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Sweden, immigrants and Trump's post-Enlightenment world

March 13,2017 03:23

Ever since René Descartes asked himself how it was possible to know that melting wax is the same thing as a candle, we have believed that reason, not mythology, sensibility, emotion or instinct, provides a superior way to understand the world. But is ...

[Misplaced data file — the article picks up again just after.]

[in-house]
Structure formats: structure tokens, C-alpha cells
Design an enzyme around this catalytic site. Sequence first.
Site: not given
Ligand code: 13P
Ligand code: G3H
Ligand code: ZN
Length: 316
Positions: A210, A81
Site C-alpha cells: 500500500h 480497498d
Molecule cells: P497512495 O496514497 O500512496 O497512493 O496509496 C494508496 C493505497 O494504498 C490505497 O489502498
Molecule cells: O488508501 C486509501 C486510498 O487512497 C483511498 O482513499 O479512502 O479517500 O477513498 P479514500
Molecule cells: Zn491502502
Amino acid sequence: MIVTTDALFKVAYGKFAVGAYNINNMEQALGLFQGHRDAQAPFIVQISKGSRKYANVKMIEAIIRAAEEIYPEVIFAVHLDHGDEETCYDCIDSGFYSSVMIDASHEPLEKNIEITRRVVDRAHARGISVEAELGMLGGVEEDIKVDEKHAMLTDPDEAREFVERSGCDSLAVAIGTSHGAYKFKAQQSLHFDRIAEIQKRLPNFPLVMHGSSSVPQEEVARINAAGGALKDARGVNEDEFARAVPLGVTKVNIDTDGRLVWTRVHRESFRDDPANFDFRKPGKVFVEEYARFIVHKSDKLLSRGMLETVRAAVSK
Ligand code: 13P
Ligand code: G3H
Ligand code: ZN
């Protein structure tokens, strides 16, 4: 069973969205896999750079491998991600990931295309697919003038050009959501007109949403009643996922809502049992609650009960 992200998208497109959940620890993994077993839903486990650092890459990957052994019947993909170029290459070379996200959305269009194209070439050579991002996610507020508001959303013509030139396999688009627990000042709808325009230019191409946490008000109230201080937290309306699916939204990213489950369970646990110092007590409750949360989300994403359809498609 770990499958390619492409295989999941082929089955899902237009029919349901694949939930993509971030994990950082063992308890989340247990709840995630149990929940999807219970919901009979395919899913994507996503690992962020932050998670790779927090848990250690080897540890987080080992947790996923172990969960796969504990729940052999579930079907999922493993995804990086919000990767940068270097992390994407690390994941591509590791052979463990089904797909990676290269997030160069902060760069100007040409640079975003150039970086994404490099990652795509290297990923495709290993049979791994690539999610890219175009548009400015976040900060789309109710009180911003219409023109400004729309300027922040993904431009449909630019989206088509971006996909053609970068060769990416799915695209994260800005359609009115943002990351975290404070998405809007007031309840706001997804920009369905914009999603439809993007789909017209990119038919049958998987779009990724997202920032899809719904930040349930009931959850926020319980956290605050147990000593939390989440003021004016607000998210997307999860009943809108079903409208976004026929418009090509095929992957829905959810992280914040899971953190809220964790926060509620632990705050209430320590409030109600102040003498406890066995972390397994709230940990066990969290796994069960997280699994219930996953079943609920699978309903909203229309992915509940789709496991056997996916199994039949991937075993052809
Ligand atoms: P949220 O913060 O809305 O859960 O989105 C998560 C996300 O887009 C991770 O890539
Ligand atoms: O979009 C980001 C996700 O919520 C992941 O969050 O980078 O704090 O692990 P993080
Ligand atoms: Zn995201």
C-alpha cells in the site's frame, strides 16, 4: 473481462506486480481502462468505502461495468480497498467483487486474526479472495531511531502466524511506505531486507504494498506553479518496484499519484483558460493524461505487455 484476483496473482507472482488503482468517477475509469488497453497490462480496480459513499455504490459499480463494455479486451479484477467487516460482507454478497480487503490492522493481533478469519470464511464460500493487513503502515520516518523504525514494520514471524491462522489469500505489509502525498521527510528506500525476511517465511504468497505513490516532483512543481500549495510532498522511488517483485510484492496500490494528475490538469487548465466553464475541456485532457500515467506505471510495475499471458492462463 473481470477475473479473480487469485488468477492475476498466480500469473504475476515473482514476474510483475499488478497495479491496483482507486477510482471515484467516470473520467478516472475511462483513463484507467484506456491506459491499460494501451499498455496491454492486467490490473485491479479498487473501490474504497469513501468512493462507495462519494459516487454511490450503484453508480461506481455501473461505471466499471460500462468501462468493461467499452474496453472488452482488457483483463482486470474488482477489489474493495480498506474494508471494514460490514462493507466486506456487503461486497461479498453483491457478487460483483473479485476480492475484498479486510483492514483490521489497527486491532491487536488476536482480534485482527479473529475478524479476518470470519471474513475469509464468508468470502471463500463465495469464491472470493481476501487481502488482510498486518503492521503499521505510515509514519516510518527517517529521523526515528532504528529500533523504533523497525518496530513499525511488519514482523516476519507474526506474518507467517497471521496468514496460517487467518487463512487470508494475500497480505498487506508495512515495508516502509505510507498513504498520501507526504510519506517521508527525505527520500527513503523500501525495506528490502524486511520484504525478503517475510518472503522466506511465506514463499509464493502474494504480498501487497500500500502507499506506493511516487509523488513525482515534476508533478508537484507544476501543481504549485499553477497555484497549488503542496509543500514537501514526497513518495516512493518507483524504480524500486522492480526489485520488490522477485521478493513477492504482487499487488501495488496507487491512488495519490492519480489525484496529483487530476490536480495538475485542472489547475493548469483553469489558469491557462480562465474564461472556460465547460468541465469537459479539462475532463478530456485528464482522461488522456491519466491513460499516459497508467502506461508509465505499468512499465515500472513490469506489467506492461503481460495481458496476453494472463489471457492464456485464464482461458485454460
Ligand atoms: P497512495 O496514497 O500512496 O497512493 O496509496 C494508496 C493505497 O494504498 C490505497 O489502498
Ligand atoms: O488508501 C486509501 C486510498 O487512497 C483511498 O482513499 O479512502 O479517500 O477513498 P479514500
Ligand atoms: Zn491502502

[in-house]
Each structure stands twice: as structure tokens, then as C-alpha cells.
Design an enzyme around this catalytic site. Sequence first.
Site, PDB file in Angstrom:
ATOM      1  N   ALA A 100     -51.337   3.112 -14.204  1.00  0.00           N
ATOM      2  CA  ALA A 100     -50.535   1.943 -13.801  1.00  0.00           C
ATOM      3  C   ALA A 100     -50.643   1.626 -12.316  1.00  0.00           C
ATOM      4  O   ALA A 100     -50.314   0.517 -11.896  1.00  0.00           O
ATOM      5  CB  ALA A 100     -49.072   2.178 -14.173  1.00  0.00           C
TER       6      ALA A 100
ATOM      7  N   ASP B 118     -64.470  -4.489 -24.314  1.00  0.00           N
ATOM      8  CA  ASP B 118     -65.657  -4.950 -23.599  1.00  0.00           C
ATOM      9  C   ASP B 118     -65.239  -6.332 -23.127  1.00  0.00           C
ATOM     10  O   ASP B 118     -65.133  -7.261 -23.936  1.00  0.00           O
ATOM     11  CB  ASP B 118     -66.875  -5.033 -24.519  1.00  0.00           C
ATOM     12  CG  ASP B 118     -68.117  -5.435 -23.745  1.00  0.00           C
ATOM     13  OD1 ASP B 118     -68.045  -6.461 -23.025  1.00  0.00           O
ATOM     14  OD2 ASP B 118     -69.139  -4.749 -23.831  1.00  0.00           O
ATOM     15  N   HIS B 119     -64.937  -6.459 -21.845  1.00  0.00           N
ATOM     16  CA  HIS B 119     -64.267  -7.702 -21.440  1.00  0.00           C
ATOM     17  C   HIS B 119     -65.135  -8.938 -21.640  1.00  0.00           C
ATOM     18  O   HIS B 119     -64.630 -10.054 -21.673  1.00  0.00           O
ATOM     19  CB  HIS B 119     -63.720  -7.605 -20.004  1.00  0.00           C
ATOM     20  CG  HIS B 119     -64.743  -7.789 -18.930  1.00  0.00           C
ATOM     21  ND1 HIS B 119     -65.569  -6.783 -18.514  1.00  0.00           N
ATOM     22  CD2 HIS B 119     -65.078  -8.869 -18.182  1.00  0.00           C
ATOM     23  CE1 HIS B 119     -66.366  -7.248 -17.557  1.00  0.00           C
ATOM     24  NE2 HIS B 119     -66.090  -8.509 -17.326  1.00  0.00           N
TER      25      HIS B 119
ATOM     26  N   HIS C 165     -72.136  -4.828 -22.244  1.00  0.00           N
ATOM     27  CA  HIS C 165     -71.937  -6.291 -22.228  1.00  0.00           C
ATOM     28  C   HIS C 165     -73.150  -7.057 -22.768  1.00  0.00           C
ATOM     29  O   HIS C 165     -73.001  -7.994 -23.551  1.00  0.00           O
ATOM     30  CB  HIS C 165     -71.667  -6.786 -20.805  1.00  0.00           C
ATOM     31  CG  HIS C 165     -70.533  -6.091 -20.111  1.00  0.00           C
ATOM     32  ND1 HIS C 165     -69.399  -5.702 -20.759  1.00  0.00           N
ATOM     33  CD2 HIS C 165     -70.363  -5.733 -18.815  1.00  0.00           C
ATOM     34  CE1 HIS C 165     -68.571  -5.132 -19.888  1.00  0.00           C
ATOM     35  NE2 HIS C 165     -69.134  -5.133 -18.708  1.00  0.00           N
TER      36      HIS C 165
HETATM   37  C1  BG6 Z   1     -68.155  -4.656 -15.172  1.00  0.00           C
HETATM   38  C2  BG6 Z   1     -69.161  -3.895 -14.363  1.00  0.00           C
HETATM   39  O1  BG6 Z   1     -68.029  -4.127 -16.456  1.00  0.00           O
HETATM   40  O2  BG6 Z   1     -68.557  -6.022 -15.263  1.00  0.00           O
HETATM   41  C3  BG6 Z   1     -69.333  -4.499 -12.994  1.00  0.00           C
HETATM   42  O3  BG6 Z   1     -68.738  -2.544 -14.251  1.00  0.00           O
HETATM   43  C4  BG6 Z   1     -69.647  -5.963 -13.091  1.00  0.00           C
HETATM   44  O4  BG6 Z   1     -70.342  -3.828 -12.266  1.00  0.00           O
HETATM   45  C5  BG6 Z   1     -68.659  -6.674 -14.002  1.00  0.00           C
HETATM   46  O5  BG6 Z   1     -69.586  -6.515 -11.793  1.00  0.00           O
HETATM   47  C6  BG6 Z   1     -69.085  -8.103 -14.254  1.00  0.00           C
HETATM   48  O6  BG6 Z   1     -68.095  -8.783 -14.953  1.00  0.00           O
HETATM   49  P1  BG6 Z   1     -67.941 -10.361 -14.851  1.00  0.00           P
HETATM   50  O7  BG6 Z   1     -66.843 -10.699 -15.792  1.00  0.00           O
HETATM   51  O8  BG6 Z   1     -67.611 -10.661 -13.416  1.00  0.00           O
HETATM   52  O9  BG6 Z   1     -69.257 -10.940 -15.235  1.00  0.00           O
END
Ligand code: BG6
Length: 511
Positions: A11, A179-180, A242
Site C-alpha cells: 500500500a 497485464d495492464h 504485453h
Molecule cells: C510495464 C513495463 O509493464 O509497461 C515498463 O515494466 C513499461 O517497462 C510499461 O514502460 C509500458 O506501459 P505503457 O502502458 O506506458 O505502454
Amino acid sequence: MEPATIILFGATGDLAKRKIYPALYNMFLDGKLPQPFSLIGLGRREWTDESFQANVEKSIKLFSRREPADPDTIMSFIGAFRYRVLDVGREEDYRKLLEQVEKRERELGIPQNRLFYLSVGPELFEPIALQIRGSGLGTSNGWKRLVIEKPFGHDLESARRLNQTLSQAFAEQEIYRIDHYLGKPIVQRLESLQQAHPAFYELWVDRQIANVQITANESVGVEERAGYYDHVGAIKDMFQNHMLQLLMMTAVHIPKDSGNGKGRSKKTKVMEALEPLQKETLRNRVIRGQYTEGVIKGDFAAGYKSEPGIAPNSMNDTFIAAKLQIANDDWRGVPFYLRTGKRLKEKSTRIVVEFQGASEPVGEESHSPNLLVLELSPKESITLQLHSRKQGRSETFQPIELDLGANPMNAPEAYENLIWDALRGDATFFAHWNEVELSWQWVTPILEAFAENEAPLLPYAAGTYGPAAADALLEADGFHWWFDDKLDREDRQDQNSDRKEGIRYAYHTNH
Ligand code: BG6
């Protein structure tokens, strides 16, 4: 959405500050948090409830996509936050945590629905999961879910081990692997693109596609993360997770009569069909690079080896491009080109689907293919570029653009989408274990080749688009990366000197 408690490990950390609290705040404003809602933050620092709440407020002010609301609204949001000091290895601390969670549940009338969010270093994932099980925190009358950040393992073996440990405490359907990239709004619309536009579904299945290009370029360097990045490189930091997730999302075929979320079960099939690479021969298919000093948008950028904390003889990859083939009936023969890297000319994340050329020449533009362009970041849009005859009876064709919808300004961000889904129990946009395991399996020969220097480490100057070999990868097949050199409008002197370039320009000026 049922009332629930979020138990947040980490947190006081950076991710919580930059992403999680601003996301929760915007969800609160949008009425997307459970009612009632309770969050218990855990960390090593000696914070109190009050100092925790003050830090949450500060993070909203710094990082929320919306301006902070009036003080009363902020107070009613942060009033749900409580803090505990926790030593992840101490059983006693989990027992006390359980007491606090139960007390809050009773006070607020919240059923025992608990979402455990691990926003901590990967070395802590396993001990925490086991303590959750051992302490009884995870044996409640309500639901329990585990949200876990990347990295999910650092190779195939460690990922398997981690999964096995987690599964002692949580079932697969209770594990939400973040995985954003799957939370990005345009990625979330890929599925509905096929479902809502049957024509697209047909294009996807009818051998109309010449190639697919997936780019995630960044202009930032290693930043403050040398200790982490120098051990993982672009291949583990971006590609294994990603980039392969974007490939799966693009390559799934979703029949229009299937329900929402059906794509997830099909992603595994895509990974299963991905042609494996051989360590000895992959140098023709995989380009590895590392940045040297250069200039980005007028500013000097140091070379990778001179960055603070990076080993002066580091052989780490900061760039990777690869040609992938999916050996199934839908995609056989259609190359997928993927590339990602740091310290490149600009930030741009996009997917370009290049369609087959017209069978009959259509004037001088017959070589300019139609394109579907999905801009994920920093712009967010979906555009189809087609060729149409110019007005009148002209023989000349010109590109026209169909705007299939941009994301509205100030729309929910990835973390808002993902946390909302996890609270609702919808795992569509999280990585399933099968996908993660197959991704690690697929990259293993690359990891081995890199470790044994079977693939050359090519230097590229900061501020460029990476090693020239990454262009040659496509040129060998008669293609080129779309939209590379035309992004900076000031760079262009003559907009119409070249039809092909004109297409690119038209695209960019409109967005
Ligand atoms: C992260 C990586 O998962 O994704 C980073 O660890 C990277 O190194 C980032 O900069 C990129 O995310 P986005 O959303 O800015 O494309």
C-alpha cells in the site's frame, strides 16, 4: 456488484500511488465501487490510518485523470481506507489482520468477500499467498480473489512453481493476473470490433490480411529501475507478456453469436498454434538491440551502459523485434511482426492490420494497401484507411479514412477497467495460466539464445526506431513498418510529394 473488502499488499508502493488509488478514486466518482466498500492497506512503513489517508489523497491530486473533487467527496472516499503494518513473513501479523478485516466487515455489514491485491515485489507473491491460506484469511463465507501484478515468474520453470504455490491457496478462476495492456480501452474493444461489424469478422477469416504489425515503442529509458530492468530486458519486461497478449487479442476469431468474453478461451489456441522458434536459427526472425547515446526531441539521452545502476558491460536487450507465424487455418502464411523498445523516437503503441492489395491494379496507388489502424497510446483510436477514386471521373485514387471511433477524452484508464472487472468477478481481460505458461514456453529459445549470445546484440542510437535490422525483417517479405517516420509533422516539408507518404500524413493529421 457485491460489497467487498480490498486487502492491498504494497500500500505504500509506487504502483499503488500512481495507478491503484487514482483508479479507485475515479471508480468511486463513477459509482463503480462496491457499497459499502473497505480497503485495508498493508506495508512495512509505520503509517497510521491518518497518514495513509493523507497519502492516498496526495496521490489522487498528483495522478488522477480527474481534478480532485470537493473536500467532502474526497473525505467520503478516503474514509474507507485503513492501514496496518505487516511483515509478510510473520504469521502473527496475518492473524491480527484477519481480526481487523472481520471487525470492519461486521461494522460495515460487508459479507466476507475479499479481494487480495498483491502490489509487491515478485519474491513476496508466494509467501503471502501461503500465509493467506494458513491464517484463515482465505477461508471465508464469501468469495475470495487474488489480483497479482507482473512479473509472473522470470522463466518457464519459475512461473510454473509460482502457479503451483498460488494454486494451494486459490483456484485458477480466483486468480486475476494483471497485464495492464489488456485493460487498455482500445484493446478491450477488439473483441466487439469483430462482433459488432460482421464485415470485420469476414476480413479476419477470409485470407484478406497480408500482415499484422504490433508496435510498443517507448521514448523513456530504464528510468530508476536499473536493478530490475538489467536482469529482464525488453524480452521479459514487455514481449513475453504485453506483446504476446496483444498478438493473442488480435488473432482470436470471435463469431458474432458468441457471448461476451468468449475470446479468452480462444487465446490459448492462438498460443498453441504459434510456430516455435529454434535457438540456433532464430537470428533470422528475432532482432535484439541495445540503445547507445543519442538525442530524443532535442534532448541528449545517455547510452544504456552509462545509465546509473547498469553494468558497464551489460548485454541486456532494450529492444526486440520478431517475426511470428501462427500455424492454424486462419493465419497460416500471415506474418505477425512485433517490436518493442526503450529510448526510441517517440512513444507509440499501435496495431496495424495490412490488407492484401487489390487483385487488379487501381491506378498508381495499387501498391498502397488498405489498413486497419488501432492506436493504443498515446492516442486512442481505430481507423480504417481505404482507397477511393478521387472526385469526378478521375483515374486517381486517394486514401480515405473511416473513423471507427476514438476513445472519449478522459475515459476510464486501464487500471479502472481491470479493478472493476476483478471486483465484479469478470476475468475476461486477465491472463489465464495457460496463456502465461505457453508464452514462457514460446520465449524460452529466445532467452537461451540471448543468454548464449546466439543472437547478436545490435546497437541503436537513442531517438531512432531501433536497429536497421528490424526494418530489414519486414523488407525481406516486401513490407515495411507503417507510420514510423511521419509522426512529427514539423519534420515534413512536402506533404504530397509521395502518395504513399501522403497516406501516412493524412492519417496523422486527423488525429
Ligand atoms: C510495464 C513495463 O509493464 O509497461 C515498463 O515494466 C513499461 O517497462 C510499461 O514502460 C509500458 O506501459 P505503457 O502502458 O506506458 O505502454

President Trump acknowledges supporters during a rally in Melbourne, Fla., on Feb. 18. (Kevin Lamarque/Reuters) The Enlightenment belief that we can know and understand reality — that we can measure it, weigh it, judge it, use reason to explain it — underlies all of the achievements of Western civilization, from the scientific revolution to the Industrial Revolution to democracy itself. Ever since René Descartes asked himself how it was possible to know that melting wax is the same thing as a candle, we have believed that reason, not mythology, sensibility, emotion or instinct, provides a superior way to understand the world. But is that still true? If the strange case of Sweden and its immigrants is anything to go by, then the answer is probably no. This odd story began last month, when President Trump began ranting, memorably, about dangerous immigrants at a rally in Florida: “You look at what’s happening last night, in Sweden! Sweden! Who would believe this, Sweden!” The following morning, puzzled Swedes woke up to find the world’s media asking them what, actually, had happened last night. The answer — other than some road closures — was nothing. In an Enlightenment world, that would have been the end of the story. In our post-Enlightenment world, things got more complicated. Trump explained that what he had seen “last night” was not a terrorist attack — though that was certainly implied in his speech — but a filmmaker named Ami Horowitz who was interviewed by Tucker Carlson on Fox News. The interview was indeed terrifying: For those unfamiliar with the techniques of emotional manipulation — and they are the same, whether used by Fox News or Russia Today — it should be mandatory viewing. As the two were speaking, a clip of an aggressive, brown-skinned man hitting a policeman, presumably in Sweden, alternated in the background, over and over, with a clip of a burning car. The repetitive, frightening images were bolstered by more clips from Horowitz’s film, in which Swedish police officers appeared to be confirming a massive rise in crime linked to immigration. Carlson, meanwhile, marveled at the stupidity and naivete of the Swedish nation helpless to confront this menace. No wonder the president was upset. But the next day, the Swedish police officers protested: Horowitz had never asked them about immigration, and had cut their interviews to make it seem as if they were answering different questions. Moreover, while Sweden did — generously and admirably — accept 160,000 refugees in 2015, and while there are genuine problems absorbing and acculturating them, Swedish crime rates remain low, particularly if you compare them with crime rates in, say, Florida. A faked film had inspired the president to cite an imaginary crisis — but the story didn’t end there. A few days later, searching for a way to justify the president’s language, another Fox News journalist, Bill O’Reilly, interviewed a “Swedish defense and national security advisor” called Nils Bildt, who again repeated the allegation that naive Swedes are overwhelmed by foreign crime. But Nils “Bildt” turned out to be Nils Tolling — he may have taken the name Bildt to sound like a relative of the Swedish former prime minister Carl Bildt — and he too was not quite what he seemed. Tolling does not live in Sweden, is not an “advisor” to anyone and is reportedly himself a criminal immigrant , having been convicted of a violent offense in the state of Virginia. A faked film had inspired the president to cite an imaginary crisis, the existence of which was confirmed by a fake expert — and the story didn’t end there either. A few days later, a Danish news team visited a Swedish immigrant neighborhood to investigate the alleged crisis — the same neighborhood where an American journalist claimed he had been escorted out by police, a report which the police once again deny. The Danes met a group of young immigrants who said they had just been approached by yet another news team — that one from Russia — who asked if they would riot on camera, for money. Like Carlson and O’Reilly, the Russian team was apparently keen to make reality fit the president’s description of reality, even if it cost them a few Swedish krone. And so: A faked film inspired the president to cite an imaginary crisis, the existence of which was confirmed by a fake expert — and which now inspired another television team to try to create a real crisis using real people (in a neighborhood crawling with both real and fake journalists) to make it all seem true. All of this leaves viewers, and voters, in a difficult place. Sooner or later there will be actual violence in response to an imaginary crisis. Sooner or later, a Swedish suburb or an American city will erupt because someone needs it to erupt to justify a demagogue’s speech. But will it be “real” violence or fake? Sooner or later, we won’t know the difference at all. Read more from Anne Applebaum’s archive, follow her on Twitter or subscribe to her updates on Facebook.

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